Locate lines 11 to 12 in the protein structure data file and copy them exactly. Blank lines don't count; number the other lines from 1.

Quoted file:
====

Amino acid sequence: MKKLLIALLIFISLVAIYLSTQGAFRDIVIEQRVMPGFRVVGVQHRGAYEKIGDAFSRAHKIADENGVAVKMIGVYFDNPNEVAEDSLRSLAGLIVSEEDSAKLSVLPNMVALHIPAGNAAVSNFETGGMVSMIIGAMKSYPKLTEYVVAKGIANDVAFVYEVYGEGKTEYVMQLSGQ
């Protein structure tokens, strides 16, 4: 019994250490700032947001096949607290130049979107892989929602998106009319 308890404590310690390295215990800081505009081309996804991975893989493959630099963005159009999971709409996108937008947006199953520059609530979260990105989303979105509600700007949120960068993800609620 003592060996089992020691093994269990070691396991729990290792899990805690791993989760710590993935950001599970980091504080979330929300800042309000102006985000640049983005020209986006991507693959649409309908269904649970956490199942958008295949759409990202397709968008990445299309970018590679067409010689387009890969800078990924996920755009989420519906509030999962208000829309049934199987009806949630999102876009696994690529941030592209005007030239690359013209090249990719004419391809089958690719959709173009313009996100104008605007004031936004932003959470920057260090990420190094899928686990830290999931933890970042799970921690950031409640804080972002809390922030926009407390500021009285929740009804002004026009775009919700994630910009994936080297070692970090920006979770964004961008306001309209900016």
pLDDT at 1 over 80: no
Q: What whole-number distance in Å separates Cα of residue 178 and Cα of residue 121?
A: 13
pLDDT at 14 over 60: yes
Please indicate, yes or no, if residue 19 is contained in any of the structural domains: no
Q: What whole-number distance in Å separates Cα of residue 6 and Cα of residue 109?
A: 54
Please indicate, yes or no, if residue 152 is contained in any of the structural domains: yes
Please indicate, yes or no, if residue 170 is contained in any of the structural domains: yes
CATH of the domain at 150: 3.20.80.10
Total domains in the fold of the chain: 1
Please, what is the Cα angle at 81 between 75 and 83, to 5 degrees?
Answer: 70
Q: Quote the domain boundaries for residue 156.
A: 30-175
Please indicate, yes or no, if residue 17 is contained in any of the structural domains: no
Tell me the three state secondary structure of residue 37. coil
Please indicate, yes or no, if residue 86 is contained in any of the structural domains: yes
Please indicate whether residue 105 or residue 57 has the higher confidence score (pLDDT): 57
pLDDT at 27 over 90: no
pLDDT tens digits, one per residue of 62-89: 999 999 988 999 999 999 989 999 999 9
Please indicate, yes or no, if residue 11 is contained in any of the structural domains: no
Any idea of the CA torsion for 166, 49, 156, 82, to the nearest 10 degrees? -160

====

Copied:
Please indicate, yes or no, if residue 170 is contained in any of the structural domains: yes
CATH of the domain at 150: 3.20.80.10